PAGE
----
Guru Nanak founded Sikhism in 1469 AD. Sikhism is open to all disciples through the teachings of the Ten Gurus, enshrined in the Sikh Scripture, Sri Guru Granth Sahib, installed by Guru Gobind Singh as the permanent Living Guru in 1708.

The word Sikh means a disciple, a learner. A Sikh is a person who believes in One God. In addition, he or she must take amrit, the Sikh Baptism and be a Khalsa.

The contents of the Granth Sahib, compiled by the Sikh Gurus themselves are mainly in musical-verse comprising the compositions of the Sikh Gurus and the Muslim and Hindu and other holy men of the day.

The Sikh philosophy is enshrined in the basic creed or mool mantar. The Supreme Being is revealed to Guru Nanak as the Indwelling Spirit that continually creates and sustains the universe by that Divine Will.

Sikhism preaches a message of devotion and remembrance of God at all times, truthful living, equality of mankind and denounces superstition and blind rituals. It encourages people to strive for continual improvement and is a simple way of attaining salvation through performance of duty to family and society. Thus, in Sikhism there is a religious basis for tolerance, freedom of conscience and social equality including that of women.

The Sikh daily prayer or ardas, apart from directing Sikhs to be tolerant and respectful of other religions, asks them to work for the welfare of mankind and seek the goodwill of all, sarbat da bhalla.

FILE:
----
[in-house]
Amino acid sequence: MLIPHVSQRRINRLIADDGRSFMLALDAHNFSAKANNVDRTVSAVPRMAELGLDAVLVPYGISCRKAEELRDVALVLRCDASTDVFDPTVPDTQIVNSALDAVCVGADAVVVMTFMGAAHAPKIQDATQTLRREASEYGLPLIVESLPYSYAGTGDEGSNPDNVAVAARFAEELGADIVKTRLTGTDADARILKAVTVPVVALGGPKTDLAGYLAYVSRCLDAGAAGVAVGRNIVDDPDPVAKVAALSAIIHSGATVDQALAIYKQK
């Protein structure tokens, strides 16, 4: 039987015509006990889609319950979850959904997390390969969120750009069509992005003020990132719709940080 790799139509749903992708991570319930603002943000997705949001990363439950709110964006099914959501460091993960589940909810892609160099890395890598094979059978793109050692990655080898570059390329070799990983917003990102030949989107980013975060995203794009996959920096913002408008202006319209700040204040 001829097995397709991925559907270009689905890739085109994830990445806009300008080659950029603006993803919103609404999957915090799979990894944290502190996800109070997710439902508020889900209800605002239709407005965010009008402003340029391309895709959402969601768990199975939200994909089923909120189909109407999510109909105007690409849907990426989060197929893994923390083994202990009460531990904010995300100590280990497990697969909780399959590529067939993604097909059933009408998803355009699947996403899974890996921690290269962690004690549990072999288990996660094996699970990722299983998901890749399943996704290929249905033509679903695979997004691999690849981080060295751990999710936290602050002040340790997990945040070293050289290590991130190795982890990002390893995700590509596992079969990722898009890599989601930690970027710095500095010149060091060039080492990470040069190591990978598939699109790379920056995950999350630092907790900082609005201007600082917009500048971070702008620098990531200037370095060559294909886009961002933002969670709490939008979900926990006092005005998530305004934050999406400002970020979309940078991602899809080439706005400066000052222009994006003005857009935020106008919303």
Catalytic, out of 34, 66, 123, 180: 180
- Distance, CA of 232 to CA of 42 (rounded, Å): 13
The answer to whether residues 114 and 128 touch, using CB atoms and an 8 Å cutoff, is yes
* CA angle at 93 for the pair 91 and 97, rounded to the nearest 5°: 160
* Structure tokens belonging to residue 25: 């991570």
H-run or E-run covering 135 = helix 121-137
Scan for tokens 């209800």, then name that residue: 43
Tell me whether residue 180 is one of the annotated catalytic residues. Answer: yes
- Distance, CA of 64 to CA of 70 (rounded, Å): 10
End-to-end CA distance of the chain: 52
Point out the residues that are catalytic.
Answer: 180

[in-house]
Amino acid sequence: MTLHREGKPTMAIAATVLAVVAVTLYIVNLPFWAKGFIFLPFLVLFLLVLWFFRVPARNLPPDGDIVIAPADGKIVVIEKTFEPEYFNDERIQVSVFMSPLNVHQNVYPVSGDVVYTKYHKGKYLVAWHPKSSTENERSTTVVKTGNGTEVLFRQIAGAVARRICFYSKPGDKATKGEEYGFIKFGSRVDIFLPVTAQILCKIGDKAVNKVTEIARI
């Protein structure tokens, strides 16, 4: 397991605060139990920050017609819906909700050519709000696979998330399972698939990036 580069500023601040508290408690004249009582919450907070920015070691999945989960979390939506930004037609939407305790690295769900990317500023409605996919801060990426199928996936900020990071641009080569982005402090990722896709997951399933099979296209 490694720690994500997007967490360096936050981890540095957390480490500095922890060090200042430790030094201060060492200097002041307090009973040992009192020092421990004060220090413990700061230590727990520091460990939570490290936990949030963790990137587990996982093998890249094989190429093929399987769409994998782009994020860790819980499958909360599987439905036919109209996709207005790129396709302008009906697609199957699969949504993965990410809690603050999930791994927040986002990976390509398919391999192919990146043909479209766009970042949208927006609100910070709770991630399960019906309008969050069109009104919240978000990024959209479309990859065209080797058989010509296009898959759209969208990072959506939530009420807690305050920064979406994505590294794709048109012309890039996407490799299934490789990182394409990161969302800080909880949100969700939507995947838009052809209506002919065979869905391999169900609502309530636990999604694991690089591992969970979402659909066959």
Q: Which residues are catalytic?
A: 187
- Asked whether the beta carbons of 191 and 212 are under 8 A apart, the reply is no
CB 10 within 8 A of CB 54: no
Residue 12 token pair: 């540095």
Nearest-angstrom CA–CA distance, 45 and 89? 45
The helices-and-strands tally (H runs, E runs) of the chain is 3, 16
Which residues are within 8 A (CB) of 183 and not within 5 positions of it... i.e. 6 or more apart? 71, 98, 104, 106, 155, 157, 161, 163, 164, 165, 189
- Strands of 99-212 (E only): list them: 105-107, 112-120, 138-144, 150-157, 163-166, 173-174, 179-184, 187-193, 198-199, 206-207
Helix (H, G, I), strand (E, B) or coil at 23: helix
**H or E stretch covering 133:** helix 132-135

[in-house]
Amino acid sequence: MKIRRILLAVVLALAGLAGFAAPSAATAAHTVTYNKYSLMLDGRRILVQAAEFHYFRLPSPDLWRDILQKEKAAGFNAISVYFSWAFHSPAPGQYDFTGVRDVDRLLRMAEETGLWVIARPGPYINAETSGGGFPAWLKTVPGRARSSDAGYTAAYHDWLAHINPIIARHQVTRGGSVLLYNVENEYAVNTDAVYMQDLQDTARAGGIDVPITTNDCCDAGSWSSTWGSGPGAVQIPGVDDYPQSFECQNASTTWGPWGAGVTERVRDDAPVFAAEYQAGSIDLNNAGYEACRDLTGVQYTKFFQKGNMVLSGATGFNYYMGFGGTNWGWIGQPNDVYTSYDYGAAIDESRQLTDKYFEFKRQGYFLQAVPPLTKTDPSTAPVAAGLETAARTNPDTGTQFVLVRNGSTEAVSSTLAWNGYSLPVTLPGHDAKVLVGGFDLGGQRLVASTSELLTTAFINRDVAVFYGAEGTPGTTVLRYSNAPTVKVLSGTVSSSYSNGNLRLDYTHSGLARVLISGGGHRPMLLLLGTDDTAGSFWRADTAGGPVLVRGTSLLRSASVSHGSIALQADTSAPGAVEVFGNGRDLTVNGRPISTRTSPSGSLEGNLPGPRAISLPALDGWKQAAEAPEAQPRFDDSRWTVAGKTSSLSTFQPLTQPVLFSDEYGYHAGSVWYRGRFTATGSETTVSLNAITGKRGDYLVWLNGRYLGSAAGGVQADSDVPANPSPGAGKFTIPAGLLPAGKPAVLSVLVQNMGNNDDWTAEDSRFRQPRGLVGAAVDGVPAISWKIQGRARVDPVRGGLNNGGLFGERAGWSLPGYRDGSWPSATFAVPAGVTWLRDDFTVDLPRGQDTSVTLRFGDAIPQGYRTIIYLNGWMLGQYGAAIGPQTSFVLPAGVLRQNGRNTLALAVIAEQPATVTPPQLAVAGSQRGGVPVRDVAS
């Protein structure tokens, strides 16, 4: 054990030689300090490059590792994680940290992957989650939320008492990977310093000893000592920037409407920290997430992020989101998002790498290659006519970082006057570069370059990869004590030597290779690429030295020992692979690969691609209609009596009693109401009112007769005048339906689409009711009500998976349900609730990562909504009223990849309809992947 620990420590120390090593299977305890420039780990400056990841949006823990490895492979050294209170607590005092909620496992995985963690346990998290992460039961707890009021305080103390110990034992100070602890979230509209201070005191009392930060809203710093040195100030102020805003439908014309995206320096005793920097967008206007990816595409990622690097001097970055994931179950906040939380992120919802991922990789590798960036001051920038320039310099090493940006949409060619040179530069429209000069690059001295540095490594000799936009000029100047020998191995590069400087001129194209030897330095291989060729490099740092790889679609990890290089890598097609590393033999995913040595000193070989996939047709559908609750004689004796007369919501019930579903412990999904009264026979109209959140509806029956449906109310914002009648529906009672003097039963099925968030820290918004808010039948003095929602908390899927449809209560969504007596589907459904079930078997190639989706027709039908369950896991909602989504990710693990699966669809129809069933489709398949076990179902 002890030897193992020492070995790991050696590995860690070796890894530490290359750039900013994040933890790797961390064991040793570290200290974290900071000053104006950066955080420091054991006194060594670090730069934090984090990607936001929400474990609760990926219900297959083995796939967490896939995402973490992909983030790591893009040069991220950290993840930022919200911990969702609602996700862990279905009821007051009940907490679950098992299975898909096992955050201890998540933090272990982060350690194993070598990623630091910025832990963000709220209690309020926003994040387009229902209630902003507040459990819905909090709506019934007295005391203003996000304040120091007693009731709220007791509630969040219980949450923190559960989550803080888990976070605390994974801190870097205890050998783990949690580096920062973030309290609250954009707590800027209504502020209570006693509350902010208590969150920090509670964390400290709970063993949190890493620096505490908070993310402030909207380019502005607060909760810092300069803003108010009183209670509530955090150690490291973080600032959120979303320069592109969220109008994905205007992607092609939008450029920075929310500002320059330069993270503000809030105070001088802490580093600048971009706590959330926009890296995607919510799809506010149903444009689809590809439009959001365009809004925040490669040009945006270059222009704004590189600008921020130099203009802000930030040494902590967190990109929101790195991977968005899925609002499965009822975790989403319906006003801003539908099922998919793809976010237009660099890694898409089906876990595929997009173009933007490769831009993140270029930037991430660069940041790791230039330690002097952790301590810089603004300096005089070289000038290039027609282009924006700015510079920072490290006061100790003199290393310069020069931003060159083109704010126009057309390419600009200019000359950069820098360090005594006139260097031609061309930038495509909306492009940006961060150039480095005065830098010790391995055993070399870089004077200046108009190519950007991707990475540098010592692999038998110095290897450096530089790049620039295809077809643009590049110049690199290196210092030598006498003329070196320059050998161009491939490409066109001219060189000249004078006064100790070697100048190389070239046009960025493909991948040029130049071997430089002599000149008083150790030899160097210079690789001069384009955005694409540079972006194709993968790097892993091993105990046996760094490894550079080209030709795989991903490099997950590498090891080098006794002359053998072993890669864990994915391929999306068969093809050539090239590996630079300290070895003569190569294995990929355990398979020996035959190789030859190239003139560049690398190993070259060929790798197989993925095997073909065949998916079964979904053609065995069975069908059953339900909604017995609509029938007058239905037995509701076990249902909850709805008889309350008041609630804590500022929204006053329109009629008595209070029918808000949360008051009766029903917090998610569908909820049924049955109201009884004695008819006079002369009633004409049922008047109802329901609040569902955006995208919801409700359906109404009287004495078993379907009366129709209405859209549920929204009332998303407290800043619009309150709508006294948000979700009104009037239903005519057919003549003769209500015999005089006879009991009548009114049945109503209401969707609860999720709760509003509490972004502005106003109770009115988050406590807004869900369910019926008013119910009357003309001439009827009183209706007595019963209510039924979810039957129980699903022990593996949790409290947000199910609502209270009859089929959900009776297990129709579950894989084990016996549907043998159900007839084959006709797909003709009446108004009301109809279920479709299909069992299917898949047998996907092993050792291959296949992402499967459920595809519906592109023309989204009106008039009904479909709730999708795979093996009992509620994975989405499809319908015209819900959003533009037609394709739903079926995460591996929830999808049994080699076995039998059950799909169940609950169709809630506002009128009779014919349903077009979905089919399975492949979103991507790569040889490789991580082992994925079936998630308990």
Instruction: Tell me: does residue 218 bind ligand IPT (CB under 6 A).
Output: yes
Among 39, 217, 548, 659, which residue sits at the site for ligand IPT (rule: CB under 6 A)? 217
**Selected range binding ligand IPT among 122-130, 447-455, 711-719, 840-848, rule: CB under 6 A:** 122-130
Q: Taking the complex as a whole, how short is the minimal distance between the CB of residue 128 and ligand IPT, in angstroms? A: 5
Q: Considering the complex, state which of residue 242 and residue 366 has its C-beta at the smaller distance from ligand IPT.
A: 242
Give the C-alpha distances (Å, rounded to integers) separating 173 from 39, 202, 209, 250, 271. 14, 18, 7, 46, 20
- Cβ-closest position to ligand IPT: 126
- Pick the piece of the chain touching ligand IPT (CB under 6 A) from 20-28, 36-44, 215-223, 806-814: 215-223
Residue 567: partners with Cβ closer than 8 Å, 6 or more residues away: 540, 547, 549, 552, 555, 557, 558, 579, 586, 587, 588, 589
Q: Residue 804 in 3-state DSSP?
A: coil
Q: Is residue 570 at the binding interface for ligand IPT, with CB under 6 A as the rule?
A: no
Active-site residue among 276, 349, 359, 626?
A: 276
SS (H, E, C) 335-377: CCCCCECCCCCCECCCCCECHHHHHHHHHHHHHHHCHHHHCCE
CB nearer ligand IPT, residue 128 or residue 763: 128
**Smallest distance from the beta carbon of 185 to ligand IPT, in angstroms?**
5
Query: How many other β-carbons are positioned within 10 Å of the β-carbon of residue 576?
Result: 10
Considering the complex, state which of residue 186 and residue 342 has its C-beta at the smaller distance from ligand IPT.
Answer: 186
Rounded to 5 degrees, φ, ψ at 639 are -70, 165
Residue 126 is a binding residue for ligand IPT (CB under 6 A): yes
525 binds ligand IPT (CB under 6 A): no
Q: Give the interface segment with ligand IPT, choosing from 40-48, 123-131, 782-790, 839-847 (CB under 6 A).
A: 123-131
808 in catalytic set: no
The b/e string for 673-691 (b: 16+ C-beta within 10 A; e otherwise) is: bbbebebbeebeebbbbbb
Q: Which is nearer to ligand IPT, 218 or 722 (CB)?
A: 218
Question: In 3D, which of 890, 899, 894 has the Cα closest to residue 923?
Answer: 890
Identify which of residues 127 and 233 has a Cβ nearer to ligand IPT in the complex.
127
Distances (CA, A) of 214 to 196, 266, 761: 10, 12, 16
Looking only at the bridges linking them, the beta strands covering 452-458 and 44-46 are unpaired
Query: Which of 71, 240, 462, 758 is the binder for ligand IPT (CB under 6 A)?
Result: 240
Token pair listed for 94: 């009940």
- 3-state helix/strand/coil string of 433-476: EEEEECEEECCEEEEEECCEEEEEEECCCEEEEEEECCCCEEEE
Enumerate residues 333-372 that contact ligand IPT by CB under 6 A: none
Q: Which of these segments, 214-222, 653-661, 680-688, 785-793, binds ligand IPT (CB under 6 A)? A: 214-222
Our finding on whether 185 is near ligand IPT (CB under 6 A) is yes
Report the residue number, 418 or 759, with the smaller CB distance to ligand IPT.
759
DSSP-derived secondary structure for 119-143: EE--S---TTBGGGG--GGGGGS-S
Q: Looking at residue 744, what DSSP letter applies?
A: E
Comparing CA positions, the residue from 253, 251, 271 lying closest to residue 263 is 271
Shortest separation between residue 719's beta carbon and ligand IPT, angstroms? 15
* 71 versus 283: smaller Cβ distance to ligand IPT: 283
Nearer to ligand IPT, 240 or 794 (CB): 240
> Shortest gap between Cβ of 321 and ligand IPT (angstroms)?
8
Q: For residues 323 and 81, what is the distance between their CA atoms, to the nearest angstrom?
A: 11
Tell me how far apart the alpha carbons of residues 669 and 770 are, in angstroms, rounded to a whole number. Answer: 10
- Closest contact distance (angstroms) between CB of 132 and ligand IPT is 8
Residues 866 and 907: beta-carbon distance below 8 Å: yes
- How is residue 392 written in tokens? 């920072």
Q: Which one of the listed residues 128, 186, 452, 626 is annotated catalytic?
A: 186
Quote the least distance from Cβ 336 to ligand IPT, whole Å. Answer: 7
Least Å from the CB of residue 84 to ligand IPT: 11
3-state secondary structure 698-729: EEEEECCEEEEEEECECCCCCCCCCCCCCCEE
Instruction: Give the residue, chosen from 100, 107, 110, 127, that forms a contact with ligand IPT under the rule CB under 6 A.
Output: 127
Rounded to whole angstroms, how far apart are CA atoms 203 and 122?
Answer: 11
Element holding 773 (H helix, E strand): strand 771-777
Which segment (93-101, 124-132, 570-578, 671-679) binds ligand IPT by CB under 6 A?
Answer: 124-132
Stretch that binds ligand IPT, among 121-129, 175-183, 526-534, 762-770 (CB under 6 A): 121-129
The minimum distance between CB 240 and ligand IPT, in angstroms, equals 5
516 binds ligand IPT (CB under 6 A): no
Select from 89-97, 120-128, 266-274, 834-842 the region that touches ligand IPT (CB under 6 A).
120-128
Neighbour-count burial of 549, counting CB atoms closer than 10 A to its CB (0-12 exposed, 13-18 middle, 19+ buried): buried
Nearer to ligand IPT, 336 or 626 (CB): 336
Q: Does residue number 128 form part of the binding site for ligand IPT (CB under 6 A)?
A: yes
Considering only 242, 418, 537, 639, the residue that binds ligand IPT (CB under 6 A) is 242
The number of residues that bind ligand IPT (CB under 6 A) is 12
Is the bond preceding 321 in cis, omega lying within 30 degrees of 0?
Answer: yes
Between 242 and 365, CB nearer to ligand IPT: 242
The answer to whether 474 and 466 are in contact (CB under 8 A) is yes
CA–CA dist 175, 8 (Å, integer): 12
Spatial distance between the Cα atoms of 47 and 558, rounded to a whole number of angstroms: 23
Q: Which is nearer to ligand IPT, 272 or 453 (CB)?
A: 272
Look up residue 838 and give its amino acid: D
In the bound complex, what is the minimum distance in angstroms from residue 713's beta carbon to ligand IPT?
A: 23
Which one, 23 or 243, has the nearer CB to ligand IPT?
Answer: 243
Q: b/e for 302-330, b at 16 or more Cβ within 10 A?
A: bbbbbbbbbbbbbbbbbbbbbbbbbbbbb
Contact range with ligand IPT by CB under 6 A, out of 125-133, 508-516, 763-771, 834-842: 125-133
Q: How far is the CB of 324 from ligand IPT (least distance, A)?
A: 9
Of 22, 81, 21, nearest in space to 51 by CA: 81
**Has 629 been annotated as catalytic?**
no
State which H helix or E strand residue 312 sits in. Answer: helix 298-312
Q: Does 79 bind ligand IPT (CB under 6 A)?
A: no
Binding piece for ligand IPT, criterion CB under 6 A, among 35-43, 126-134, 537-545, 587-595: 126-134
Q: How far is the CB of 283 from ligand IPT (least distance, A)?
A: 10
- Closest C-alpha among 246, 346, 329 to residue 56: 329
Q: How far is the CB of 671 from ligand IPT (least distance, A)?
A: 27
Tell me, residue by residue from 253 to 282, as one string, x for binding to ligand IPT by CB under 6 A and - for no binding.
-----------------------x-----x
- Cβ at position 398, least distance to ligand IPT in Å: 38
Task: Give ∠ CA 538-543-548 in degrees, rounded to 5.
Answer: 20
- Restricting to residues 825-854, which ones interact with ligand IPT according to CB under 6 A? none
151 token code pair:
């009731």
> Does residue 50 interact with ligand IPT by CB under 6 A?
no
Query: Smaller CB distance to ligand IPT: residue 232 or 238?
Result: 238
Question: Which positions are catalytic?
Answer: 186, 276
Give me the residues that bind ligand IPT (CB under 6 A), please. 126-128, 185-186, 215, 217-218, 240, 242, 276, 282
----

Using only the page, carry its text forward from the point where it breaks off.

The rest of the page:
The Sikh place of worship or the gurdwara is built with four doors, meaning that it is open to every one without any discrimination. Here, only vegetarian food is prepared and served respecting the dietary needs of all.

The living areas of a Sikh temple include a prayer hall called the Darbar Sahib where all devotees worship together sitting on the floor.

The architectural design of low domes on the Golden Temple is that of an inverted lotus flower which stands for grace and humility. In the free-kitchen or langgar all eat in a queue or pangat signifying that everyone including women have equal status. Sikhs regard selfless service to humanity a meritorious act. Baba Amar Das served his Master Guru Angad Dev ii for twelve years before he was made Guru Amar Das.

He whose livelihood is earned through work and
part of it given away in charity – Such a one,
Nanak, truly knows the way to God.
Var Sarang 1111, 1245

Central Sikh Gurdwara Board